While Americans tend to think of the impeachment of Bill Clinton as politically motivated, they are more divided on the nature of investigations into the attacks in Benghazi
In the past week two of the biggest political controversies of the last two decades have both returned to national headlines. House Republicans announced that they would be setting up a select committee on the September 2012 attacks at the American diplomatic mission in Benghazi, and allegations that the Obama Administration politicized early accounts of what took place there. Then Monica Lewinsky broke a decade-long media silence over her affair with President Bill Clinton, writing in Vanity Fair magazine that while her boss “took advantage" of her, the relationship was fully consensual.
Both controversies ultimately pitted Congressional Republicans against Democrats, who accused their colleagues of playing politics, and both have elicited comparisons to the Watergate scandal that led to its own select committee as well as Richard Nixon’s resignation.
But new research from YouGov finds that nearly half of Americans think Bill Clinton’s impeachment by Congress in the aftermath of the Lewinsky affair was driven purely by politics, compared to only a third who say the same for Benghazi.
The 45% who think Clinton’s impeachment was driven by politics alone outstrips the number who say the same for the hearings regarding the Clarence Thomas Supreme Court nomination (40%), the Benghazi attack (32%), Iran-Contra (22%) and the Watergate scandal (20%).
However, it is unclear how perceptions of any controversy will stand the test of time. A Harris poll taken in August 1973 found 46% of people saw Watergate as mostly about politics.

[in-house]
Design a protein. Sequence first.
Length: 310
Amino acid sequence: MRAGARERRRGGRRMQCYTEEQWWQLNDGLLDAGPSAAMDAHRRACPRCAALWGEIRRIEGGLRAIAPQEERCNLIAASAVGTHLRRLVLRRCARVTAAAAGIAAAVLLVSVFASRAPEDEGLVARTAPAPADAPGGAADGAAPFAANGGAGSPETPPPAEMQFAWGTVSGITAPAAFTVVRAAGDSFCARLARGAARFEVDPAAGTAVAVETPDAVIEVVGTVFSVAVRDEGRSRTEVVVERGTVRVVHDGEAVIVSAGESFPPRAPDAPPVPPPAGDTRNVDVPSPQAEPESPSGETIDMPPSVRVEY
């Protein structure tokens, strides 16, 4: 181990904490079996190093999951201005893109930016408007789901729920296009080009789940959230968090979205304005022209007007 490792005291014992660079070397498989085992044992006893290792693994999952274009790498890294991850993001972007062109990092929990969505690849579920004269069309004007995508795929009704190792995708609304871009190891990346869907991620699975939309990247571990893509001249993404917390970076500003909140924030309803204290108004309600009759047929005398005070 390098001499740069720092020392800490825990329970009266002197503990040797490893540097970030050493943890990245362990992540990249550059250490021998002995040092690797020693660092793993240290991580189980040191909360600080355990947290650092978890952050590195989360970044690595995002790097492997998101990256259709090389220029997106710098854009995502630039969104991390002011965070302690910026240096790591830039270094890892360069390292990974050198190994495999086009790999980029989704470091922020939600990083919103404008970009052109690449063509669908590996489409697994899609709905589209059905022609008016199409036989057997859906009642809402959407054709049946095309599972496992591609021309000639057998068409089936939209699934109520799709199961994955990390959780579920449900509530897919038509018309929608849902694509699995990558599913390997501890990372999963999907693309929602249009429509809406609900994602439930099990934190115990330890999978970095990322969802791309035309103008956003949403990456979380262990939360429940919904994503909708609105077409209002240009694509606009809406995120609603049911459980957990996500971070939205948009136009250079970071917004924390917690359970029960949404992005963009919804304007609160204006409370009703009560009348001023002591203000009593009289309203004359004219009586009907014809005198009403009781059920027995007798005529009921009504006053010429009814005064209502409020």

More serious than Watergate?
The poll also finds that many Americans currently consider the controversy surrounding the Benghazi attacks to be more serious than Watergate, though views of scandals are starkly divided along partisan lines. Presented with four scandals that have rocked administrations from both parties over the years, four in ten (42%) Americans say Benghazi is the most serious of all four incidents, edging out Watergate, which is seen as most serious by 35%. Only 15% say Iran-Contra is the most serious while 9% say the same for the Clinton-Lewinsky affair.
Benghazi is also the most polarizing: the gap between the percentages of Republicans who believe Benghazi is the most serious (65%) and the Democrats who agree (19%) is 46 points.
Of course, Benghazi is the only current controversy in the list - the same poll run in ten years time would likely have very different results. A CBS News poll taken in 2005 found that 51% of Americans believed the leaking of CIA agent Valerie Plame’s name to reporters was of “great importance” to the country, nearly on par with the 53% of Americans who said the same of Watergate in a May 1973 Gallup poll. 48% said the same of Iran-Contra in 1987 and 41% of the Clinton-Lewinsky affair in 1998.
Topline results can be found here.
Full tables and demographic crossbreaks can be found here.